Home » 5 Things Every Guy Needs to Know About Gin
Gin is a man’s drink. When it comes to Gin, you either love it or hate it, there is no in-between. With a strong kick and its vibrant aroma, it is guaranteed to become your favorite hard liquor of choice if you’ve never tried it. Whether you are a drinking novice or true Gin enthusiast, there are certain distinguishable Gin traits you need to know to not only seem smarter around friends and interested females, ut also to be able to distinguish between the subtle differences of unique Gin types.
Here are the 5 things you need to know about Gin.
How it’s made
While there are numerous Gin types around the world, modern production can be narrowed down to three basic categories built on its evolution throughout the centuries. The first and earliest style of Gin making is called pot-distilled Gin. It is made by pot-distilling fermented grain mash, which is malt wine, from various grains, although barley is predominantly used. The compound is later redistilled with various botanical herbs that give it a unique flavour and a distinctive aroma.
Next, you have the column-distilled Gin, which evolved after the creation of the column still in 1830. This type of Gin is made by distilling high-proof natural spirits from fermented mash. The base for the compound is derived from any fermentable grain or plant of agricultural origin, such as sugar canes, potatoes, grapes, sugar beets and barley.
Finally, there is Compound Gin. Compound Gin is widely regarded as a subpar Gin type, made by simply flavouring neutral spirits with natural ingredients.
While these are the three basic types of Gin production, manufacturers will use a vast array of herbs, plants and natural spices to give their product a unique and distinctive taste and smell.
Its origin and history
If you have ever heard Gin being referred to as “Dutch courage”, you wouldn’t be mistaken. Gin originated in Holland in the early 17th century and is believed to be the legacy of a Dutch physician, Franciscus Sylvius, although proof of its existence dates all the way back to the mid-16th century. The term “Dutch courage” seems to have originated during the fierce fighting between the kingdom of Spain and British Empire during the Eighty Years War.
The English soldiers, fighting in the trenches alongside their Dutch allies witnessed the Dutch warriors drinking Genivre (Gin) prior to charging into battle, allegedly giving them fierce courage and fighting abilities.
Gin is perfect for cocktails
Although you could drink Gin raw if you prefer, you should know that it should be used as refined liquor, intended to spice up cocktails and give them a distinctive taste. A good Gin can make or break any cocktail, and using Archie Rose Gin when making your cocktails will ensure that you get the best possible combination of complementary tastes.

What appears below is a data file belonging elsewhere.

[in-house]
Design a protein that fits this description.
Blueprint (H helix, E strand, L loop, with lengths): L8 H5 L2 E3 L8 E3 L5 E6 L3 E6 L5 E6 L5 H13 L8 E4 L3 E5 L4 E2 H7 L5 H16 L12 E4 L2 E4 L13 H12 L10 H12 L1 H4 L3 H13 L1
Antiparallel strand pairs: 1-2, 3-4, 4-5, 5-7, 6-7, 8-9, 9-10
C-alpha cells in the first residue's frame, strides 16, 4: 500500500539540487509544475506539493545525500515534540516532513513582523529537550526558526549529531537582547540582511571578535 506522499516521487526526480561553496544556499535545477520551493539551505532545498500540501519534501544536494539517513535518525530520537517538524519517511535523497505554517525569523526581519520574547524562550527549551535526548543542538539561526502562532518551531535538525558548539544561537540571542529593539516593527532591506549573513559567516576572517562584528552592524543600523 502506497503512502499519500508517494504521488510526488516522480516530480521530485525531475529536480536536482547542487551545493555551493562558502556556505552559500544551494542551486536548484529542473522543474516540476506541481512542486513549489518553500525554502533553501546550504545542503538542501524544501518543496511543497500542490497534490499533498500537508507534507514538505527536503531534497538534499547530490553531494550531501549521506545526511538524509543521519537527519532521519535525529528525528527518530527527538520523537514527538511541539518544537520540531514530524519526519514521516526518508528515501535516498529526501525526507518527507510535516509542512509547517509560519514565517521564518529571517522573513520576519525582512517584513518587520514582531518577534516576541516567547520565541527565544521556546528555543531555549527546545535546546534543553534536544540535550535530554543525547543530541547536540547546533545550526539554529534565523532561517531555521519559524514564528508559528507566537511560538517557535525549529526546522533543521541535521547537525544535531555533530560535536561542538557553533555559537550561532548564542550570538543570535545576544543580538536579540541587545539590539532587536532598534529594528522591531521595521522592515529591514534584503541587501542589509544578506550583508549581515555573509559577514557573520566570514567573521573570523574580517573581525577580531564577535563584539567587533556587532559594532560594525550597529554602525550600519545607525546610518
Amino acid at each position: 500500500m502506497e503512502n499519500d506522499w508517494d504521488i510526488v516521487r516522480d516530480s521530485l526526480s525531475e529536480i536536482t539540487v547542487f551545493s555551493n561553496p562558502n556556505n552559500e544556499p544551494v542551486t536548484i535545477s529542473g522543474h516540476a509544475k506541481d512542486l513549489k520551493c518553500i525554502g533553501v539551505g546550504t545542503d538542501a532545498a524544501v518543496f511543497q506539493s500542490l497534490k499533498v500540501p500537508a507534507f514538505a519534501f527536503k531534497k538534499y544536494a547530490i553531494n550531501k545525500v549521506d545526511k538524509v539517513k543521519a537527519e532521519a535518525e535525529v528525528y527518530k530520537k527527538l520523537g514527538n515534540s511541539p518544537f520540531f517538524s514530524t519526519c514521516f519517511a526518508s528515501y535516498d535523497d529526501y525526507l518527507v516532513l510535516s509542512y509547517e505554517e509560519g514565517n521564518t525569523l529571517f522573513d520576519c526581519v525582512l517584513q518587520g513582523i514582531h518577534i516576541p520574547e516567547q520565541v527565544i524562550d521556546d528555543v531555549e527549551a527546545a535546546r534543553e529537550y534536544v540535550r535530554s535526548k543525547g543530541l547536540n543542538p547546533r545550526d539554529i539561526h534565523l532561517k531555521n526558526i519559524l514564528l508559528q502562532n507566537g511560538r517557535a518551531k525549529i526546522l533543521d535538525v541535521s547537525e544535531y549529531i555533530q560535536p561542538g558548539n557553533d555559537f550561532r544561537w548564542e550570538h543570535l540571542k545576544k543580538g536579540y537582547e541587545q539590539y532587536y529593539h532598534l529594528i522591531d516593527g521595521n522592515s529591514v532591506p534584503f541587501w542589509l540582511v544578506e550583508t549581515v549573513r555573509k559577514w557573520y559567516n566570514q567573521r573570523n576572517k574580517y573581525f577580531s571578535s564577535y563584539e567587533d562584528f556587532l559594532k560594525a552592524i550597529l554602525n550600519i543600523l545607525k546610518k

Gin has notable medical applications
As if you needed another reason to drink more ]Gin, it can actually be beneficial to your health. Tonic water with quinine has anti-malarial properties, a Gin-lime mix can stop scurvy and even prevent sea sickness.
No two gins are the same
The gin industry has a diverse and rich flavour culture and no two gin brands are the same, or even alike. Other than the use of juniper as the main ingredient, distilleries can use any other plant, seed and spice they wish, making every bottle of Gin unique in its own right.
Therefore, it is important to develop your own Gin palate and have your preferred Gin type at hand not only to showcase your knowledge of the brand, but also to present a unique topic of your own among friends.
Gin is not for the faint of heart. Rather, it is a drink worthy of its heritage that is not only a good conversation starter, but it is also a mark of a true man who knows his liquor. With these essential facts, you can easily develop a Gin preference of your own, while being able to lead interesting conversations and debates about the infamous Dutch courage.
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Peter is a men's grooming & fashion writer at High Street Gent magazine from UK. Beside writing he worked as a menswear fashion stylist for many fashion events around UK & AU. Follow Peter on Twitter for more tips.